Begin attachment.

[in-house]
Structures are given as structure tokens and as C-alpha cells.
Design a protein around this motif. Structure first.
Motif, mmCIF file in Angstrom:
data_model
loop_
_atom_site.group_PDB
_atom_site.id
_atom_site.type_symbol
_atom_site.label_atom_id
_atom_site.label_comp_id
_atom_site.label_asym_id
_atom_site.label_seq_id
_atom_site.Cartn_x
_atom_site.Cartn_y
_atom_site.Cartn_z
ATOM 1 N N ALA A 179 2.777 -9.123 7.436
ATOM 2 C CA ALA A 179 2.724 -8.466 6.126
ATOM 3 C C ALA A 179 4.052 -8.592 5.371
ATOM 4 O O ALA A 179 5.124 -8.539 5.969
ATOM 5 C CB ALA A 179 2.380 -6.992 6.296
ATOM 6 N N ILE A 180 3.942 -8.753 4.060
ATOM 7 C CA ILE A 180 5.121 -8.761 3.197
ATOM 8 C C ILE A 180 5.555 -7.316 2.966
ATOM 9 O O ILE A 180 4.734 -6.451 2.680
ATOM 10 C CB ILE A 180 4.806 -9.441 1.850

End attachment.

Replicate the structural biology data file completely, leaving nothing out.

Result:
[in-house]
Structures are given as structure tokens and as C-alpha cells.
Design a protein around this motif. Structure first.
Motif, mmCIF file in Angstrom:
data_model
loop_
_atom_site.group_PDB
_atom_site.id
_atom_site.type_symbol
_atom_site.label_atom_id
_atom_site.label_comp_id
_atom_site.label_asym_id
_atom_site.label_seq_id
_atom_site.Cartn_x
_atom_site.Cartn_y
_atom_site.Cartn_z
ATOM 1 N N ALA A 179 2.777 -9.123 7.436
ATOM 2 C CA ALA A 179 2.724 -8.466 6.126
ATOM 3 C C ALA A 179 4.052 -8.592 5.371
ATOM 4 O O ALA A 179 5.124 -8.539 5.969
ATOM 5 C CB ALA A 179 2.380 -6.992 6.296
ATOM 6 N N ILE A 180 3.942 -8.753 4.060
ATOM 7 C CA ILE A 180 5.121 -8.761 3.197
ATOM 8 C C ILE A 180 5.555 -7.316 2.966
ATOM 9 O O ILE A 180 4.734 -6.451 2.680
ATOM 10 C CB ILE A 180 4.806 -9.441 1.850